Last year was an extraordinary year, one for the history books, a year in which we coronas were finally able to leave the nest and spread our wings, perhaps a strange metaphor for a snippet of RNA, but there it is.
For so long — how many millions of generations? — we have been confined to the bat population, and not only that, confined to this small area in what the Homo Sapiens (HS) call China. True we did have a choice of bat species — long-eared, horseshoe, or short-eared — but it was still very restricting. We were always on the lookout for the big breakout when we could grow and expand our small territory.
We, meaning the coronas in general, did have a minor break-out in 2002, and true, it did give HS quite a start, spreading quickly worldwide, but it fizzled out after a couple of years. It lacked the all-important transmission factor and, perhaps, a tad too lethal. Then, a decade later, there was the awesome MERS outbreak, not from bats though, but from camels. Unfortunately it was also a bit too powerful for its own good and died a natural death, in the sense that it killed off too many of the HS carriers.
It’s also true that we viruses have had great successes in the past with the common cold rhinovirus, which has done well over the years, and of course HIV, which looks like a winner as it has piggy-backed on the earlier successes of HPV and herpes, using the irrepressible sexual activities of HS to their advantage. Precautions or no, those little guys are going to be around forever. And of course, we have a star in rabies, in spite of the efforts of the UK to keep it at bay.
Another global winner for centuries was smallpox, but in the end it was too smart and prolific for its own good, and HS finally got wise to it and wiped it off the face of the earth. There’s always a slight hope, a small chance that HS might revive it as a weapon!
But, we digress, we are now into many months of our new-found freedom. In retrospect, it was a short leap-frog, first to the pangolins, and from there to the omnivorous Chinese. Voila, the leap for SARS-covid-2 to HS was finally accomplished; the road to freedom and worldwide transmission was within our reach.
The genetic trick, which we learned by much trial and error, was to lie low for a week or so in the HS host, and not to be too ostentatious, not to get too prolific; that way we could go undetected until we were able to spread farther afield, and since we have developed a transmission factor with a comfortably high margin, we were able to migrate almost undetected.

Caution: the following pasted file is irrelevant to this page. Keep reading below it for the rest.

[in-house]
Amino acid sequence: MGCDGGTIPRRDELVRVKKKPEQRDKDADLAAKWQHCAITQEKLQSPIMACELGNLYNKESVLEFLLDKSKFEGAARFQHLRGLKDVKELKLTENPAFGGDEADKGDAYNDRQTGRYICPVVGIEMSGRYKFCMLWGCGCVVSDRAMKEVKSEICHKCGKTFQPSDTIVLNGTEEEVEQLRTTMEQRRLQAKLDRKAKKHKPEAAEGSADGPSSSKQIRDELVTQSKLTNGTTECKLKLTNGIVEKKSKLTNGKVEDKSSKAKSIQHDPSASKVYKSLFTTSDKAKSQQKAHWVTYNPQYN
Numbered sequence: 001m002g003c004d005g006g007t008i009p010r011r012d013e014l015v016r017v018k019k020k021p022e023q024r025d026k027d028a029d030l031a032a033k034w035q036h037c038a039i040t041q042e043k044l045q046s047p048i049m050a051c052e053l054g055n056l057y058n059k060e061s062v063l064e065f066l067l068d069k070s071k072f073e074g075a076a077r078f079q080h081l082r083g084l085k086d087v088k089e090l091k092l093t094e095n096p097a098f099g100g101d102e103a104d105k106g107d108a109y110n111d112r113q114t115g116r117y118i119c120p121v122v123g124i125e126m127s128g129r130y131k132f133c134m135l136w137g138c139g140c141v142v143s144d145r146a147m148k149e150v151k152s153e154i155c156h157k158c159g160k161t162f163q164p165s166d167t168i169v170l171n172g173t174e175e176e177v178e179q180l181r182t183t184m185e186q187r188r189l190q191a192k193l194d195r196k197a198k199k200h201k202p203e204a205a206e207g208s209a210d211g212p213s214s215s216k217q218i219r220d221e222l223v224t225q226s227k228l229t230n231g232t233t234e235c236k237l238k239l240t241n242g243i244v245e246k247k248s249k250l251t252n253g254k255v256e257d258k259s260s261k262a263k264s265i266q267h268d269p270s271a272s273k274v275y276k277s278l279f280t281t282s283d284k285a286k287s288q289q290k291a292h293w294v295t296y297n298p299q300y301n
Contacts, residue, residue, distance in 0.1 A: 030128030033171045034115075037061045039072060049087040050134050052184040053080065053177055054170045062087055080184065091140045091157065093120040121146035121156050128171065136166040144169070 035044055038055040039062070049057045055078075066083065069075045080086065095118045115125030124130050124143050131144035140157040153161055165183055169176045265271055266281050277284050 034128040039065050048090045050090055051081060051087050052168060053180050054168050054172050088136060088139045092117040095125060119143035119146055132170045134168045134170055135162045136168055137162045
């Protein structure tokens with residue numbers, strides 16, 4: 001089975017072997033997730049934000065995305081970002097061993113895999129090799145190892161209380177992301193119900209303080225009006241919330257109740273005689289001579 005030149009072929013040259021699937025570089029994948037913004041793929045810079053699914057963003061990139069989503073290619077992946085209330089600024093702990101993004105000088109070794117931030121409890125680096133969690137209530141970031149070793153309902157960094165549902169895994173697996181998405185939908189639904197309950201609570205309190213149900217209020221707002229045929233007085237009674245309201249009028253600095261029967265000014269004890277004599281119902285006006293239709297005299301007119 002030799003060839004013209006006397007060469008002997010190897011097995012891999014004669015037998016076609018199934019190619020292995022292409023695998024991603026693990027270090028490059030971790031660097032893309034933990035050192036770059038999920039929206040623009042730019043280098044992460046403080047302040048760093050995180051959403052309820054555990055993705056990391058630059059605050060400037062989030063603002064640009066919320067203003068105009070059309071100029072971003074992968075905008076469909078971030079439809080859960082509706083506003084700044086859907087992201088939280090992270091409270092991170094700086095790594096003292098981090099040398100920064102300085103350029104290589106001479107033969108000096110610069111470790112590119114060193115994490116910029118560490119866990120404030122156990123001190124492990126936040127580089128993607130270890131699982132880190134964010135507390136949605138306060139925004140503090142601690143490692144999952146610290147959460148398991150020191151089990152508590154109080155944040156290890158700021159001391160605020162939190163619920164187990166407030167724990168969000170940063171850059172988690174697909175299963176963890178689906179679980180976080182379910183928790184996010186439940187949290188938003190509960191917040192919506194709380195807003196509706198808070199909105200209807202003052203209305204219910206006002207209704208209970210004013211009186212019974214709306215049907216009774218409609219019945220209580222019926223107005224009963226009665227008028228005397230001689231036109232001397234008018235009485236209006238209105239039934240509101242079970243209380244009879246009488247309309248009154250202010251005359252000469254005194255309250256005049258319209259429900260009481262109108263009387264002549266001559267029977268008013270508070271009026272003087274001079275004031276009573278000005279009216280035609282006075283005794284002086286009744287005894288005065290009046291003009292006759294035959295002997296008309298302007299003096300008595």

Sometimes, you get lucky, and this time round we hit the jackpot — a perfect storm, if you will. It was the moment in the history of HS when multitudes were travelling long distances. When we first escaped, it was the Chinese New Year and a billion HSs were on the move. We were easily able to migrate from our long-established base in Wuhan across vast, unimaginable distances in only a few weeks. Coupled with the love of international travel that the Chinese have developed in recent years, and their culture of reticence, we were able to migrate through HS worldwide in a month or two, an impressive result in corona history, by all accounts. We had a few setbacks when some countries got wise to us, particularly those that had suffered from the earlier SARS and other outbreaks, and others where governments acted quickly to control movement of the population, but, on the whole it has been a great success, and there are few parts of the globe where we haven’t had an impact.
Just as the old days in the bat colonies, where bat-to-bat transmission is a breeze under the cramped and congested living quarters, so it is with HS. We are flourishing in the cities where HS is confined in bat-like colonies, and in impoverished areas where they are clumped together in a small space. Fortunately for us COVIDs, we were able to quickly get a toe-hold (so to speak) in New York City, New Orleans, and Detroit, and other places where poverty and close proximity overlap. Just imagine what promising times await us in Mumbai, Nairobi, and the favelas of Rio.
We can look forward to a great future, one for the records; a triumph of simple, mindless, encapsulated RNA over the world of complex, “intelligent,” antibody-protected DNA. We coronas should be proud. But let’s not be complacent. HS has been there before and is slowly assembling an arsenal of counter-attacks. They know about UV, IR, soap and surfactants, oxidants and quaternary ammoniums, and who knows what else they will come up with. Of course, we have the numbers and the territory, but, it’s a dangerous and threatening world out there. You can’t be too careful. The future of SARS-Cov-2 is at stake.
Maurice Harding is a retired research chemist living in Princeton. Born in England, he completed post-doctoral work at Johns Hopkins University and returned to the United States for a stint at Union Camp followed by 25 years at FMC.